I’d recommend staying connected with my content so you won’t miss anything. In many cases I’ll publish my newest stuff on YouTube and then share it on my Facebook page. Then my content team does their magic and cleans it up into an article for those who enjoy reading. (Again…the article is shared on my Facebook page.)

Be sure to subscribe to my site so you won’t miss any of the new content coming out, plus you will receive the blueprint version of my book for free. Alternatively, you can just head over to Amazon and buy the full version. I can’t guarantee this, but I’m pretty sure you’ll get more value than the $12 it costs.

Question: Do you think Social Security benefits should be taxable? Put your answer in the comments below and I look forward to seeing what you think about this. 

Thanks for reading, and have a great day!

Top 5 Social Security Books

Today we're talking about my favorite books on social security. If you’re serious about your retirement plan, you need to understand how this program works. After reviewing dozens of books that cover the topic, I’m going to tell you which 5 will get your knowledge level up to the point where you can feel confident.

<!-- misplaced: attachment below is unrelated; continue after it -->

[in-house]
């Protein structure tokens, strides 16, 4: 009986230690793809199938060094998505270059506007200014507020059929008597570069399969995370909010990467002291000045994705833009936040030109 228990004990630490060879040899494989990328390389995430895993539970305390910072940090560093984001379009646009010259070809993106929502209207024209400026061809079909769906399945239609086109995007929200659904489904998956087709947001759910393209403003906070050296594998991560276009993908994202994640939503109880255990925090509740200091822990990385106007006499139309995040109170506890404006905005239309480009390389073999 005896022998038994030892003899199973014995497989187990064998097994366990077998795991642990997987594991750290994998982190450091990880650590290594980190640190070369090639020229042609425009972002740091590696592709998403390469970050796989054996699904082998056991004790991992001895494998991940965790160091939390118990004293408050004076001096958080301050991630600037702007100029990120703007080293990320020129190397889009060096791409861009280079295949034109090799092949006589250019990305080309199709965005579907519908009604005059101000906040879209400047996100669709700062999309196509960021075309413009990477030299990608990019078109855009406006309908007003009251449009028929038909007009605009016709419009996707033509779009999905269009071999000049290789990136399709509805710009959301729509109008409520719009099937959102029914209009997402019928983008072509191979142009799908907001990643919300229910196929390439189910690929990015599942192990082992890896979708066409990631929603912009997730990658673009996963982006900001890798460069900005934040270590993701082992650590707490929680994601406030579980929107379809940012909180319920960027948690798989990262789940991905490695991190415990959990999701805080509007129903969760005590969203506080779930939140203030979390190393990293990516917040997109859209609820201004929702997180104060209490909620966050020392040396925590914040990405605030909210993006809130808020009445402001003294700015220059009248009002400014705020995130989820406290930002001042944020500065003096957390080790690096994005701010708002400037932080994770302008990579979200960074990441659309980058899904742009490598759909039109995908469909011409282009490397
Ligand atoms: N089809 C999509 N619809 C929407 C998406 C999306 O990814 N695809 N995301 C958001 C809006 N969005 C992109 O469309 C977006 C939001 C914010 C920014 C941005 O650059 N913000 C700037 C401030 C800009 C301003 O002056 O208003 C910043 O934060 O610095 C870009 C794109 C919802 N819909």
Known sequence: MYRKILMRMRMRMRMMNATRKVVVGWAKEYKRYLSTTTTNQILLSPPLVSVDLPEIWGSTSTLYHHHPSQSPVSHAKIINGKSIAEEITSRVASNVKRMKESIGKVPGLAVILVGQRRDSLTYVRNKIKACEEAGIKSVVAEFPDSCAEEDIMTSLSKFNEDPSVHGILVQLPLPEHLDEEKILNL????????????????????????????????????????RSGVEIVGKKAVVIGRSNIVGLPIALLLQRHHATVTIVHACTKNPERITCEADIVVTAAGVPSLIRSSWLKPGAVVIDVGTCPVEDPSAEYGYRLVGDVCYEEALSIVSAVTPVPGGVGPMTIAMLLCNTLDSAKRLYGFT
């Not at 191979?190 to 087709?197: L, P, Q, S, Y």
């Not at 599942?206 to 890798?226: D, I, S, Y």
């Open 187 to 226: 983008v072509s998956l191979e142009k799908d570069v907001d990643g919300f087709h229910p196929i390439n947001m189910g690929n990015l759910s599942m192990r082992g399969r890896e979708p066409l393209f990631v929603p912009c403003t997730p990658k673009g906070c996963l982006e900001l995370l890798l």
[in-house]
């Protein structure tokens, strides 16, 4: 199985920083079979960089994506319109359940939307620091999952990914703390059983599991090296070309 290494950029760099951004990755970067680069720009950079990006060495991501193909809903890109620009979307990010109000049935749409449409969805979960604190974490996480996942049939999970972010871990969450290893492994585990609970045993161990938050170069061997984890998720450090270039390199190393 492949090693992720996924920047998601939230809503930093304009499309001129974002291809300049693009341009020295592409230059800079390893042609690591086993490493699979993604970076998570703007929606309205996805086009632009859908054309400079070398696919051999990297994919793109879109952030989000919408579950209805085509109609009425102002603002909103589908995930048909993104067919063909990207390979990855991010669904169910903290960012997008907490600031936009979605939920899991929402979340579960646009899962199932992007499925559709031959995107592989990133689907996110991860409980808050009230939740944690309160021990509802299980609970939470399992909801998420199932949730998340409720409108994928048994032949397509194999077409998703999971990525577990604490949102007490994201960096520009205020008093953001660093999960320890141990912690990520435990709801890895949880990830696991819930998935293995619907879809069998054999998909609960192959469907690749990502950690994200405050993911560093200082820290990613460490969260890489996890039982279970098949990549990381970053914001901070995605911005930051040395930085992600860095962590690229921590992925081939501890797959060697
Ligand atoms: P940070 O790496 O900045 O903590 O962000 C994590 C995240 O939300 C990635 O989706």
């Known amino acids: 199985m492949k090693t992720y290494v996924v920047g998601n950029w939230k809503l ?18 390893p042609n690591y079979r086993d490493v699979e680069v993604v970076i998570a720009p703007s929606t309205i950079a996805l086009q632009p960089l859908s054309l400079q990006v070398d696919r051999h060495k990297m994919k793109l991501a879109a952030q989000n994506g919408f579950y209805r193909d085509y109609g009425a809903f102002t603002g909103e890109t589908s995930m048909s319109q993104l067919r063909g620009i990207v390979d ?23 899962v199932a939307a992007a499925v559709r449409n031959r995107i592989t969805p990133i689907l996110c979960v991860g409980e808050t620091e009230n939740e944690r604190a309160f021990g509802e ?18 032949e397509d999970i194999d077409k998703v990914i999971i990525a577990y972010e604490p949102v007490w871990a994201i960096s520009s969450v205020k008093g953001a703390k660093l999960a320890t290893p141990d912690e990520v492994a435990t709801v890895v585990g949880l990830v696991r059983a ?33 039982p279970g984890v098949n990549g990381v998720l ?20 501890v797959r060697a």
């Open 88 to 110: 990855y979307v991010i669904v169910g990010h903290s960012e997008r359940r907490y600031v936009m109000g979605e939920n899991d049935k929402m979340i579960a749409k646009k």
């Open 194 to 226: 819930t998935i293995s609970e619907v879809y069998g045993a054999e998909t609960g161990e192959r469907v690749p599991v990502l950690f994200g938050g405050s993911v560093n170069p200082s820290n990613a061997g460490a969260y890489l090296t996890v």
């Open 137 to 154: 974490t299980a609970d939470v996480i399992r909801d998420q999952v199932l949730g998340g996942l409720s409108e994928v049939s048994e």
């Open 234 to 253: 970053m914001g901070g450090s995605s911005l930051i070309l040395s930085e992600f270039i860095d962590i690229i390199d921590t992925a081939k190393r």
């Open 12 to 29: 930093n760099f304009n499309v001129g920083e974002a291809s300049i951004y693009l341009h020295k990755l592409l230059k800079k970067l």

Today we’re talking about my favorite books on social security. If you’re serious about your retirement plan, you need to understand how this program works. After reviewing dozens of books that cover the topic, I’m going to tell you which 5 social security books will get your knowledge level up to the point where you can feel confident.

You know what I’ve never found? Someone who said their social security wasn’t important to them. In the 16 years I’ve spent as a financial planner, I’ve advised clients who were very wealthy down to the clients who were of much more modest means.

All of them have been very concerned that they maximize their income stream. If you look at the data you can see why. When you look at both married and unmarried retirees, 62% rely on SS for HALF of their income. This is a program that needs to be understood. Thankfully, there are some fantastic books out there that break this down and make it easier to understand. Today I want to tell you what my top 5 books on social security are.